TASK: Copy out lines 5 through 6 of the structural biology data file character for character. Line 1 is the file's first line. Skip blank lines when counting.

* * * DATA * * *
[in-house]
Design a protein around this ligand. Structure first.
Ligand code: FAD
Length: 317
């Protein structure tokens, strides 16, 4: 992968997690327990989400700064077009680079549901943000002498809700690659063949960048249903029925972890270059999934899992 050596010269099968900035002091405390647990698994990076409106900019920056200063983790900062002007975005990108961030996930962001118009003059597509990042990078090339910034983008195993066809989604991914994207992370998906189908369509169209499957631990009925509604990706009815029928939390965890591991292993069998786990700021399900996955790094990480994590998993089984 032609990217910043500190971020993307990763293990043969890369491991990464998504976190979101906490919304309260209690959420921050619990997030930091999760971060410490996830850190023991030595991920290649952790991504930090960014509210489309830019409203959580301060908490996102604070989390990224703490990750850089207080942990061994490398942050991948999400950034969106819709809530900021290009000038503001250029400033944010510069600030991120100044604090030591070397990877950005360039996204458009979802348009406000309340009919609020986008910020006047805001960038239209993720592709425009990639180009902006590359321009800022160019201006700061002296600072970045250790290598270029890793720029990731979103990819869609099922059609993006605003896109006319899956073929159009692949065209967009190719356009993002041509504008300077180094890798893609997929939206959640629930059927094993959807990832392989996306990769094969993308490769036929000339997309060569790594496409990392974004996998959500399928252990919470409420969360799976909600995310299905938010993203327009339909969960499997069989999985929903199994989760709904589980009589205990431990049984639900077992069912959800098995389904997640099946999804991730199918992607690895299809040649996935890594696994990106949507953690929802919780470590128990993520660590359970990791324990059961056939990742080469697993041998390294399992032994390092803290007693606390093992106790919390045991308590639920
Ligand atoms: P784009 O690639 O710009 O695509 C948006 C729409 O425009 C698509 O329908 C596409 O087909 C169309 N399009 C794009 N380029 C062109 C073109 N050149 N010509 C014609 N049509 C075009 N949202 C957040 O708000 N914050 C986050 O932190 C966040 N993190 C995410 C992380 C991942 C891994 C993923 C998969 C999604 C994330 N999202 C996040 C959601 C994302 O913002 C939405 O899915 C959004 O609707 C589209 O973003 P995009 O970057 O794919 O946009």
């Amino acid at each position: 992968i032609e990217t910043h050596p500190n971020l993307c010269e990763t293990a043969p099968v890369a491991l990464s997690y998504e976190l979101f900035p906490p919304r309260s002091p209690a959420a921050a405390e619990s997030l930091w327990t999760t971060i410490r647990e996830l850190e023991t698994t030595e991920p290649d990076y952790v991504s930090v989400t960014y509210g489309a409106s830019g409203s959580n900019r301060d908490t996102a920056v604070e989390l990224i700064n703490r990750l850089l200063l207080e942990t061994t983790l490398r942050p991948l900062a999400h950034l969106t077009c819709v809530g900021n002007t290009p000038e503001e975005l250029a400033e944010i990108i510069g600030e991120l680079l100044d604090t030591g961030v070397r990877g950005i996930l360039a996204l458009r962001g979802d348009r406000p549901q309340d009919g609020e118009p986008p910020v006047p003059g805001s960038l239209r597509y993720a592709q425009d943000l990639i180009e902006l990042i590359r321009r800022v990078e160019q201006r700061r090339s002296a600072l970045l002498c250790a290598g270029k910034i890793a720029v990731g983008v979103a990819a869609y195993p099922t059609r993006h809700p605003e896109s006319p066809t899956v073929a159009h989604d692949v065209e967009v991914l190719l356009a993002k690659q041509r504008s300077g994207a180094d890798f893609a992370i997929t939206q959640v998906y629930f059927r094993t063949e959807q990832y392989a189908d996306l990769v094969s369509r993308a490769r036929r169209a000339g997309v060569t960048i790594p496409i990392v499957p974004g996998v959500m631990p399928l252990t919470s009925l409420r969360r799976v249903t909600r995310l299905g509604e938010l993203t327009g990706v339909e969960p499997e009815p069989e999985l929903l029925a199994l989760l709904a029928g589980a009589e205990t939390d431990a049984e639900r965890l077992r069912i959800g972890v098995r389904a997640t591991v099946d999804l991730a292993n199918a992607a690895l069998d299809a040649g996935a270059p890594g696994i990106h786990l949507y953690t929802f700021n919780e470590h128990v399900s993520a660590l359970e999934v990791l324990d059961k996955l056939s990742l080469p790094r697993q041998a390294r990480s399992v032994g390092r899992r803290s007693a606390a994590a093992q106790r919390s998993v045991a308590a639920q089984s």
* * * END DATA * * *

């Protein structure tokens, strides 16, 4: 992968997690327990989400700064077009680079549901943000002498809700690659063949960048249903029925972890270059999934899992 050596010269099968900035002091405390647990698994990076409106900019920056200063983790900062002007975005990108961030996930962001118009003059597509990042990078090339910034983008195993066809989604991914994207992370998906189908369509169209499957631990009925509604990706009815029928939390965890591991292993069998786990700021399900996955790094990480994590998993089984 032609990217910043500190971020993307990763293990043969890369491991990464998504976190979101906490919304309260209690959420921050619990997030930091999760971060410490996830850190023991030595991920290649952790991504930090960014509210489309830019409203959580301060908490996102604070989390990224703490990750850089207080942990061994490398942050991948999400950034969106819709809530900021290009000038503001250029400033944010510069600030991120100044604090030591070397990877950005360039996204458009979802348009406000309340009919609020986008910020006047805001960038239209993720592709425009990639180009902006590359321009800022160019201006700061002296600072970045250790290598270029890793720029990731979103990819869609099922059609993006605003896109006319899956073929159009692949065209967009190719356009993002041509504008300077180094890798893609997929939206959640629930059927094993959807990832392989996306990769094969993308490769036929000339997309060569790594496409990392974004996998959500399928252990919470409420969360799976909600995310299905938010993203327009339909969960499997069989999985929903199994989760709904589980009589205990431990049984639900077992069912959800098995389904997640099946999804991730199918992607690895299809040649996935890594696994990106949507953690929802919780470590128990993520660590359970990791324990059961056939990742080469697993041998390294399992032994390092803290007693606390093992106790919390045991308590639920
Ligand atoms: P784009 O690639 O710009 O695509 C948006 C729409 O425009 C698509 O329908 C596409 O087909 C169309 N399009 C794009 N380029 C062109 C073109 N050149 N010509 C014609 N049509 C075009 N949202 C957040 O708000 N914050 C986050 O932190 C966040 N993190 C995410 C992380 C991942 C891994 C993923 C998969 C999604 C994330 N999202 C996040 C959601 C994302 O913002 C939405 O899915 C959004 O609707 C589209 O973003 P995009 O970057 O794919 O946009």